Why so many execs love short-term c-suite gigs
For some executives, that top spot is only a short-term situation. And for many of them, that’s just fine.
Kate Ashford, Monster contributor
Charlotte Brown left a full-time corporate role in London in 2013. Since then, she’s hired herself out on a project basis at the higher levels—as a CEO, vice president, or chief strategist, for instance—and hasn’t looked back.
She moved from London to Miami, and then to Chicago, and now resides in Hawaii.
“Working in a full-time role wouldn’t allow me to continue learning and traveling to the same extent,” says Brown, 32, who offers her services at Adelie Ventures.
“I wanted the flexibility of being able to work for different clients.”
Brown is just one example of an interim executive—a senior-level employee taking a series of shorter-term gigs instead of accepting one job with a steadier paycheck.
“Certainly, as a trend line, it’s increasing, in terms of the number of executives that are choosing to work this way,” says Mike Harris, President and CEO of Patina Solutions, an interim executive placement firm.
And as the gig economy in the U.S. continues to grow, it’s fair to assume that temporary executive spots will be an increasingly available option for upper-level workers.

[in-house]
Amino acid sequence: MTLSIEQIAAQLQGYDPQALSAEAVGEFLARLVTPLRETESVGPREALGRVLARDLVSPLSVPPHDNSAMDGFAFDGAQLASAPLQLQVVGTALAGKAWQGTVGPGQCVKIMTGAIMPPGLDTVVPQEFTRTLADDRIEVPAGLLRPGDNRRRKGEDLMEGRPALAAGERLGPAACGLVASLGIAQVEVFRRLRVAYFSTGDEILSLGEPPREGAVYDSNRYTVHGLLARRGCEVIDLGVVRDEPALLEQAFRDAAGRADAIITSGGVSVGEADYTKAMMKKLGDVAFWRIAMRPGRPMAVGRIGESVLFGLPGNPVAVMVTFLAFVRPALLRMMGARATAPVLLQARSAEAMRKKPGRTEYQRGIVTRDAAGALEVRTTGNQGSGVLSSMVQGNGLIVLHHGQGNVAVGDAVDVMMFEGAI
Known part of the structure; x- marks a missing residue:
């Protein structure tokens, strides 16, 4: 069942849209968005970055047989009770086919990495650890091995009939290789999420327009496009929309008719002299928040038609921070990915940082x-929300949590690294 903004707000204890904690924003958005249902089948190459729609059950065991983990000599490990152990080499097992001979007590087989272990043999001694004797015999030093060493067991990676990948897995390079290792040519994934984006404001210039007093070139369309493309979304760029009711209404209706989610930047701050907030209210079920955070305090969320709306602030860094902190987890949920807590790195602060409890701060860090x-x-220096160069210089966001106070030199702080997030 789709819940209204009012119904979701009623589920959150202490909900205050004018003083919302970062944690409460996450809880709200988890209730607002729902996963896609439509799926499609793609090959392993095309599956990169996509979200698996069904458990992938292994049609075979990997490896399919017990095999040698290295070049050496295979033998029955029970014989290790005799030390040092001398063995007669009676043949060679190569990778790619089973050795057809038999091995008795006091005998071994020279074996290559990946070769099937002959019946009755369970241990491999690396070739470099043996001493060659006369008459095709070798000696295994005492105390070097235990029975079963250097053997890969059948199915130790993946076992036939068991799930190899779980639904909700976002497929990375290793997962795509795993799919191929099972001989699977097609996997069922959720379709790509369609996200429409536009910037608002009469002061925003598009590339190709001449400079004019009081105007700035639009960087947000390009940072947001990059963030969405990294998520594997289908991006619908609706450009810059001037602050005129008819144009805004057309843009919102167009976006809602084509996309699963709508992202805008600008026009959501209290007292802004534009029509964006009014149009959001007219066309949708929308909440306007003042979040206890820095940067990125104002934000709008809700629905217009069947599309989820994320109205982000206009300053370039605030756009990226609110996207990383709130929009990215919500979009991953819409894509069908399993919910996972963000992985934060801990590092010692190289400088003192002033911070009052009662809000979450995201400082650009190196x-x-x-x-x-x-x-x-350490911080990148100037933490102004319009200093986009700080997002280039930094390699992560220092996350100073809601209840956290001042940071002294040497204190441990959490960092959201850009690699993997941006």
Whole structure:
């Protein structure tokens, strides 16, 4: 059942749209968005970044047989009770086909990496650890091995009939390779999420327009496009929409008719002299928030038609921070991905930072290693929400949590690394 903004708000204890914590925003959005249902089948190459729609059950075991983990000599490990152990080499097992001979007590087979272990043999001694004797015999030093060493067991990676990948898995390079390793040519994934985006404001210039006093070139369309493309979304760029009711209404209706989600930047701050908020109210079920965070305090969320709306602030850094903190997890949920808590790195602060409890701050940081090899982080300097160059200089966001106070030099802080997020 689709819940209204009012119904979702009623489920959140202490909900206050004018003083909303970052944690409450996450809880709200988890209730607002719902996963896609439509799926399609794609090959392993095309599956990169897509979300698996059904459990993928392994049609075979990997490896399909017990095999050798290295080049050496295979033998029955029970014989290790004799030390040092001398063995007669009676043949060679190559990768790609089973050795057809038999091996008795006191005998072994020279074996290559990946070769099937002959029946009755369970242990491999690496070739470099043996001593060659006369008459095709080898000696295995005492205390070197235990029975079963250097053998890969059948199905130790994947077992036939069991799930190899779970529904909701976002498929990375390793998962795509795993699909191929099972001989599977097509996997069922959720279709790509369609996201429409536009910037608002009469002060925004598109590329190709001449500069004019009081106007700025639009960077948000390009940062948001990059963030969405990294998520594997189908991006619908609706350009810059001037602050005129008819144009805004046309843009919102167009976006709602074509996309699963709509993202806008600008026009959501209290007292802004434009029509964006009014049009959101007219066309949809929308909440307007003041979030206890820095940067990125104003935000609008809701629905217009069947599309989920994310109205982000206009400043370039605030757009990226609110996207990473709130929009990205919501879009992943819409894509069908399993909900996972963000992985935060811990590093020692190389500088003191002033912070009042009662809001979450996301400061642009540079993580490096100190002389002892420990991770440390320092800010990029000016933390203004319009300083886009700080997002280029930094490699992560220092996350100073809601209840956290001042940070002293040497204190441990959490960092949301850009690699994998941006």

Key Elements for Transition
Who’s looking for an interim role?
People seeking a temporary or project spot at the upper level tend to fall into three buckets, says Debra Boggs, an executive resume writer and job search coach in Portland, Maine.
Some people are at the vice president level, hoping to transition into a C-level position and looking for real-life experience.
Some people are seasoned, C-level executives—usually CIO, CMO, COO or CFO—looking to transition into a twilight career before retirement but still hoping to make a positive impact.
And some people are just looking for more flexibility in their upper-level roles—more diversity, more ability to travel.
“They’re usually seasoned CMOs in a long-term role that then transition to all-interim, because they like the flexibility and the variety,” Boggs says.
For Gina Lepore, who’s been working as an interim COO for the last year, the advantages include a work environment that’s constantly changing. “I like the thrill of doing something different and taking on challenges that on the surface appear difficult,” says Lepore, who works in the New York City area.
Who’s hiring interim executives?
Some firms hire interim executives to fill a position until they’re able to hire someone more permanent.
A company might lose—voluntarily or involuntarily—their CFO or vice president of sales, and because it takes six to nine months to find the right replacement, they need someone in the short-term.
“They’ll bring in an interim executive to bridge that gap,” says Kristen McAlister, president of Cerius Interim Executive Solutions, an executive talent firm.
Other firms hire temporary help for a temporary need—either part-time for a particular skill or for a finite company project.